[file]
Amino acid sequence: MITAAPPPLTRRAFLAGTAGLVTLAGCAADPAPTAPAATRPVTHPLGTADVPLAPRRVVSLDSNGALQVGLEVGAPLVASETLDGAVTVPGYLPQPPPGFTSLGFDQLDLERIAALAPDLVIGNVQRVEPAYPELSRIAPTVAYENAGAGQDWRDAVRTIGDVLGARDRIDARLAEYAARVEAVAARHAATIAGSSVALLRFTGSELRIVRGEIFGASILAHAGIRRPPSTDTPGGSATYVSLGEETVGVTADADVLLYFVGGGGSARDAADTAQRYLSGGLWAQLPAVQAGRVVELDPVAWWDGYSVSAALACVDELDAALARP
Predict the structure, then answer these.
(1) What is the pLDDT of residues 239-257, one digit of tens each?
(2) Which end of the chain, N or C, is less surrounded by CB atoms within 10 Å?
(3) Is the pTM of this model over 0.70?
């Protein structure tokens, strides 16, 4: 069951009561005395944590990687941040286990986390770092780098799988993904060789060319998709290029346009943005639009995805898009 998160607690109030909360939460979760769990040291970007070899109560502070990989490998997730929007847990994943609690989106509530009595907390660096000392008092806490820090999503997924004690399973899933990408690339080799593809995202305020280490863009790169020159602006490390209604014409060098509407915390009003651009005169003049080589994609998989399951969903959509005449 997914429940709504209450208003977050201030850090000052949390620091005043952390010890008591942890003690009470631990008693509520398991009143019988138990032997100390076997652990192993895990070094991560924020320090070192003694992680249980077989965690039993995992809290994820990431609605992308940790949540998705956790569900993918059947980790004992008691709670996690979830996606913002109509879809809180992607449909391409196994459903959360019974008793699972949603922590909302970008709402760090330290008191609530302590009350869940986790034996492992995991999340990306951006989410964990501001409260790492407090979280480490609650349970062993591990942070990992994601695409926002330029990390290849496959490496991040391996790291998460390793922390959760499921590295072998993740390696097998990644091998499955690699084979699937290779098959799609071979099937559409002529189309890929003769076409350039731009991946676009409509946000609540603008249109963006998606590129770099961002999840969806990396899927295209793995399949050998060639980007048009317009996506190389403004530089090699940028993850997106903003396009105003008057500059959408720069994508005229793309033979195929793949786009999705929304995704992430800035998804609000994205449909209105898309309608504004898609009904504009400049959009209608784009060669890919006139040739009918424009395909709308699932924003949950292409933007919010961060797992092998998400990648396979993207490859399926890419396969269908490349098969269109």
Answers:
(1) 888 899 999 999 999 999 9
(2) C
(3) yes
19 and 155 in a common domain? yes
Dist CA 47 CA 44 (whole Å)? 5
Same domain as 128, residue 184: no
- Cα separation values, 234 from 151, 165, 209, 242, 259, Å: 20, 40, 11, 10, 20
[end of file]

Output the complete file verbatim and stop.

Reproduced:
Amino acid sequence: MITAAPPPLTRRAFLAGTAGLVTLAGCAADPAPTAPAATRPVTHPLGTADVPLAPRRVVSLDSNGALQVGLEVGAPLVASETLDGAVTVPGYLPQPPPGFTSLGFDQLDLERIAALAPDLVIGNVQRVEPAYPELSRIAPTVAYENAGAGQDWRDAVRTIGDVLGARDRIDARLAEYAARVEAVAARHAATIAGSSVALLRFTGSELRIVRGEIFGASILAHAGIRRPPSTDTPGGSATYVSLGEETVGVTADADVLLYFVGGGGSARDAADTAQRYLSGGLWAQLPAVQAGRVVELDPVAWWDGYSVSAALACVDELDAALARP
Predict the structure, then answer these.
(1) What is the pLDDT of residues 239-257, one digit of tens each?
(2) Which end of the chain, N or C, is less surrounded by CB atoms within 10 Å?
(3) Is the pTM of this model over 0.70?
């Protein structure tokens, strides 16, 4: 069951009561005395944590990687941040286990986390770092780098799988993904060789060319998709290029346009943005639009995805898009 998160607690109030909360939460979760769990040291970007070899109560502070990989490998997730929007847990994943609690989106509530009595907390660096000392008092806490820090999503997924004690399973899933990408690339080799593809995202305020280490863009790169020159602006490390209604014409060098509407915390009003651009005169003049080589994609998989399951969903959509005449 997914429940709504209450208003977050201030850090000052949390620091005043952390010890008591942890003690009470631990008693509520398991009143019988138990032997100390076997652990192993895990070094991560924020320090070192003694992680249980077989965690039993995992809290994820990431609605992308940790949540998705956790569900993918059947980790004992008691709670996690979830996606913002109509879809809180992607449909391409196994459903959360019974008793699972949603922590909302970008709402760090330290008191609530302590009350869940986790034996492992995991999340990306951006989410964990501001409260790492407090979280480490609650349970062993591990942070990992994601695409926002330029990390290849496959490496991040391996790291998460390793922390959760499921590295072998993740390696097998990644091998499955690699084979699937290779098959799609071979099937559409002529189309890929003769076409350039731009991946676009409509946000609540603008249109963006998606590129770099961002999840969806990396899927295209793995399949050998060639980007048009317009996506190389403004530089090699940028993850997106903003396009105003008057500059959408720069994508005229793309033979195929793949786009999705929304995704992430800035998804609000994205449909209105898309309608504004898609009904504009400049959009209608784009060669890919006139040739009918424009395909709308699932924003949950292409933007919010961060797992092998998400990648396979993207490859399926890419396969269908490349098969269109």
Answers:
(1) 888 899 999 999 999 999 9
(2) C
(3) yes
19 and 155 in a common domain? yes
Dist CA 47 CA 44 (whole Å)? 5
Same domain as 128, residue 184: no
- Cα separation values, 234 from 151, 165, 209, 242, 259, Å: 20, 40, 11, 10, 20